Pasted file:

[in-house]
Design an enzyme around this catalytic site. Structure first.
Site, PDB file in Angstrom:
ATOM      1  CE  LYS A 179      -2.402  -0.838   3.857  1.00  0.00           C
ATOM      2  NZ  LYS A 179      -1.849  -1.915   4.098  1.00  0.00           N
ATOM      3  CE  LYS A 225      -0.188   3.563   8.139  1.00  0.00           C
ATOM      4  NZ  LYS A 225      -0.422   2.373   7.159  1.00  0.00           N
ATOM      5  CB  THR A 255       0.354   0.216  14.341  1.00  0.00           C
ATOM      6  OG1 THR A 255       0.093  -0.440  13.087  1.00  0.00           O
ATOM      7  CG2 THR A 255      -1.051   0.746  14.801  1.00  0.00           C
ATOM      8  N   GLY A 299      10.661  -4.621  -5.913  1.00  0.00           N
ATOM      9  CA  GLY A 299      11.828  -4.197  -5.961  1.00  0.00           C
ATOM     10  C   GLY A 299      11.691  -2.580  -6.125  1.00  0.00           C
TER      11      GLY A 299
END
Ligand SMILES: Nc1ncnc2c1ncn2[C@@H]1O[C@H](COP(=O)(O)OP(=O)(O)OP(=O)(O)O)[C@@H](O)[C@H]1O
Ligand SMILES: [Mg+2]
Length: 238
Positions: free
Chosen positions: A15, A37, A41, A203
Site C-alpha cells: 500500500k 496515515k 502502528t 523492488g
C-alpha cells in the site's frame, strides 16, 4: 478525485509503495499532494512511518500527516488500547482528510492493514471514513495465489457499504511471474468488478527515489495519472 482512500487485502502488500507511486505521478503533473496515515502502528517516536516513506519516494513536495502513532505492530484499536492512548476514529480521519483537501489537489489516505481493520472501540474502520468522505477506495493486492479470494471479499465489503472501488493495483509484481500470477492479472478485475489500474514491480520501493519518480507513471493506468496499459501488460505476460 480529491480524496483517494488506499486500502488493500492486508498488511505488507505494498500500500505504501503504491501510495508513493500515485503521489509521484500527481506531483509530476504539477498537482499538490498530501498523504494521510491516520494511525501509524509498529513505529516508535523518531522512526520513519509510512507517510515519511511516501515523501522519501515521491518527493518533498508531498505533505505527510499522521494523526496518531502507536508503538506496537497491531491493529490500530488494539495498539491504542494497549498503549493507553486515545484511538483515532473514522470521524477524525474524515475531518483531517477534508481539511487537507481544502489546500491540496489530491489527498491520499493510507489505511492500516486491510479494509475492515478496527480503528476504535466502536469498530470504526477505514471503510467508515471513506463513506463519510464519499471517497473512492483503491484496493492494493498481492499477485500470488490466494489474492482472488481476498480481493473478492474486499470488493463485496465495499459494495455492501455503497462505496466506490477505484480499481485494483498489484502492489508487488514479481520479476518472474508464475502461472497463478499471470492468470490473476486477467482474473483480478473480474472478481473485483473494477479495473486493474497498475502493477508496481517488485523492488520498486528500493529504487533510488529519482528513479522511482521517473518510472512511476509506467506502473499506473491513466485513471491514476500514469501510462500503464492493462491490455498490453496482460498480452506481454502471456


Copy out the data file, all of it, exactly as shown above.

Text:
[in-house]
Design an enzyme around this catalytic site. Structure first.
Site, PDB file in Angstrom:
ATOM      1  CE  LYS A 179      -2.402  -0.838   3.857  1.00  0.00           C
ATOM      2  NZ  LYS A 179      -1.849  -1.915   4.098  1.00  0.00           N
ATOM      3  CE  LYS A 225      -0.188   3.563   8.139  1.00  0.00           C
ATOM      4  NZ  LYS A 225      -0.422   2.373   7.159  1.00  0.00           N
ATOM      5  CB  THR A 255       0.354   0.216  14.341  1.00  0.00           C
ATOM      6  OG1 THR A 255       0.093  -0.440  13.087  1.00  0.00           O
ATOM      7  CG2 THR A 255      -1.051   0.746  14.801  1.00  0.00           C
ATOM      8  N   GLY A 299      10.661  -4.621  -5.913  1.00  0.00           N
ATOM      9  CA  GLY A 299      11.828  -4.197  -5.961  1.00  0.00           C
ATOM     10  C   GLY A 299      11.691  -2.580  -6.125  1.00  0.00           C
TER      11      GLY A 299
END
Ligand SMILES: Nc1ncnc2c1ncn2[C@@H]1O[C@H](COP(=O)(O)OP(=O)(O)OP(=O)(O)O)[C@@H](O)[C@H]1O
Ligand SMILES: [Mg+2]
Length: 238
Positions: free
Chosen positions: A15, A37, A41, A203
Site C-alpha cells: 500500500k 496515515k 502502528t 523492488g
C-alpha cells in the site's frame, strides 16, 4: 478525485509503495499532494512511518500527516488500547482528510492493514471514513495465489457499504511471474468488478527515489495519472 482512500487485502502488500507511486505521478503533473496515515502502528517516536516513506519516494513536495502513532505492530484499536492512548476514529480521519483537501489537489489516505481493520472501540474502520468522505477506495493486492479470494471479499465489503472501488493495483509484481500470477492479472478485475489500474514491480520501493519518480507513471493506468496499459501488460505476460 480529491480524496483517494488506499486500502488493500492486508498488511505488507505494498500500500505504501503504491501510495508513493500515485503521489509521484500527481506531483509530476504539477498537482499538490498530501498523504494521510491516520494511525501509524509498529513505529516508535523518531522512526520513519509510512507517510515519511511516501515523501522519501515521491518527493518533498508531498505533505505527510499522521494523526496518531502507536508503538506496537497491531491493529490500530488494539495498539491504542494497549498503549493507553486515545484511538483515532473514522470521524477524525474524515475531518483531517477534508481539511487537507481544502489546500491540496489530491489527498491520499493510507489505511492500516486491510479494509475492515478496527480503528476504535466502536469498530470504526477505514471503510467508515471513506463513506463519510464519499471517497473512492483503491484496493492494493498481492499477485500470488490466494489474492482472488481476498480481493473478492474486499470488493463485496465495499459494495455492501455503497462505496466506490477505484480499481485494483498489484502492489508487488514479481520479476518472474508464475502461472497463478499471470492468470490473476486477467482474473483480478473480474472478481473485483473494477479495473486493474497498475502493477508496481517488485523492488520498486528500493529504487533510488529519482528513479522511482521517473518510472512511476509506467506502473499506473491513466485513471491514476500514469501510462500503464492493462491490455498490453496482460498480452506481454502471456